Teased for weeks, it finally happened on last night's "Arrow." Of course, "it" means a couple of different things.
For one, Oliver Queen/the Arrow (Stephen Amell) accepted Ra's al Ghul's (Matt Nable) offer to join the League of Assassins -- as al Ghul's eventual heir, to one day take over as leader of the League. Also, the long-teased romance -- have you seen Tumblr lately? -- between Oliver and Felicity (Emily Bett Rickards) paid off in a big way, with the unresolved sexual tension suddenly becoming very, um, resolved; fresh from Felicity breaking up with Ray Palmer/The Atom (Brandon Routh). Also, the Lazarus Pit -- unlike "The Dark Knight" trilogy version, which is depicted as an actual magical, life-reviving force a la the comic books -- was seen in action, specifically used to restore Thea (Willa Holland) back to relative normality, with only some dramatic confusion and mild memory loss, though more side effects are likely yet to come.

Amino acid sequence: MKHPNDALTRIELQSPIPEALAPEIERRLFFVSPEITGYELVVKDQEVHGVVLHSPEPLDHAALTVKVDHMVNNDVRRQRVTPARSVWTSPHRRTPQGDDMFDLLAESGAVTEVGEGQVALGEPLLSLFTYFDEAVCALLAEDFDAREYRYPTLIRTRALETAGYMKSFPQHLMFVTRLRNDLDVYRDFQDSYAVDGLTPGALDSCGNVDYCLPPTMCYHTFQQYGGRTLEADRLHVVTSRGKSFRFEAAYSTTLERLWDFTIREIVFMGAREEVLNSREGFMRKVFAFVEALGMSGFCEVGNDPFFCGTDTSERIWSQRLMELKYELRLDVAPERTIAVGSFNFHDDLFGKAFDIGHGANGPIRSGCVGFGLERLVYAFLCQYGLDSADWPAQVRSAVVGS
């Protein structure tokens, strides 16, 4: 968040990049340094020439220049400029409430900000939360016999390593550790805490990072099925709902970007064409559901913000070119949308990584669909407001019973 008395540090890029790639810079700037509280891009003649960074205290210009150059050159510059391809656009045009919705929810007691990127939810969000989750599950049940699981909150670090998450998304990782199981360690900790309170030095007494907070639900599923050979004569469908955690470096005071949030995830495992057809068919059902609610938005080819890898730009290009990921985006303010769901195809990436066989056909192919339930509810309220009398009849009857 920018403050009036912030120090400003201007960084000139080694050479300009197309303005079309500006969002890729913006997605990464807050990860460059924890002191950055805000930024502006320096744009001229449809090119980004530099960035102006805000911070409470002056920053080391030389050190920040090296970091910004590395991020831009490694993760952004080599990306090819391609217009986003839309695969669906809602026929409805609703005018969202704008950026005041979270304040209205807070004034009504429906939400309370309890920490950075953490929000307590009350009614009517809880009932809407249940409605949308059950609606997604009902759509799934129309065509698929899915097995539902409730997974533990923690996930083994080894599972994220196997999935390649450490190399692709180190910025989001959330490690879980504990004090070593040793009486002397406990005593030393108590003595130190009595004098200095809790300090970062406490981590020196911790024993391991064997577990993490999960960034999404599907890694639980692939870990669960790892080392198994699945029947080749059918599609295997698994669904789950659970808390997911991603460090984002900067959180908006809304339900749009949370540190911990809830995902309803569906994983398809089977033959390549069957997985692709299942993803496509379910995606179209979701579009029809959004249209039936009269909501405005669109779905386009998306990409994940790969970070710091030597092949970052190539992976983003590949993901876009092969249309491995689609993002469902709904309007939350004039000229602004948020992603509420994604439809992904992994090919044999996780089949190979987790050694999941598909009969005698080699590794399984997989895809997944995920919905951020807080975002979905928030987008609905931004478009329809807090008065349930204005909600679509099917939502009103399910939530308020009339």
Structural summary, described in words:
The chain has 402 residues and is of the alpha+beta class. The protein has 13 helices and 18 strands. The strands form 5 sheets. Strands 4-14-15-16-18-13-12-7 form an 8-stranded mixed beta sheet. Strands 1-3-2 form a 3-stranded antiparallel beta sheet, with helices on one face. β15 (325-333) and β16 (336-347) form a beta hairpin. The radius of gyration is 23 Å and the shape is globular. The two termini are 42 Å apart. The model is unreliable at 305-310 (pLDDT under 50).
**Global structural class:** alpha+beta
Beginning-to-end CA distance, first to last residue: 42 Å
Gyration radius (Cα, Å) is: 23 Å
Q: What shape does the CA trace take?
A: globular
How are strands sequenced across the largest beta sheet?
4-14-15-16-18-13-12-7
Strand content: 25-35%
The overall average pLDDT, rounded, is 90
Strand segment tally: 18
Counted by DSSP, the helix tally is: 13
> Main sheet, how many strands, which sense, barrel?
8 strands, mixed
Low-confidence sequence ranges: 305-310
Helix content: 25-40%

With the third season of the DC Comics-based CW hit nearing its finale, "Arrow" Executive Producer Marc Guggenheim joined a group of assembled entertainment press, including CBR News, to discuss the major events of the episode -- addressing the timing and venue of the hookup long-awaited by "Olicity" fans, what happens to Team Arrow if Oliver is leading the League of Assassins, how Nyssa al Ghul (Katrina Law) fits into all of this, what the future holds for the Atom and going all the way with a comic book-accurate depiction of Ra's.
Will there be more consequences from Thea's Lazarus Pit-induced revival?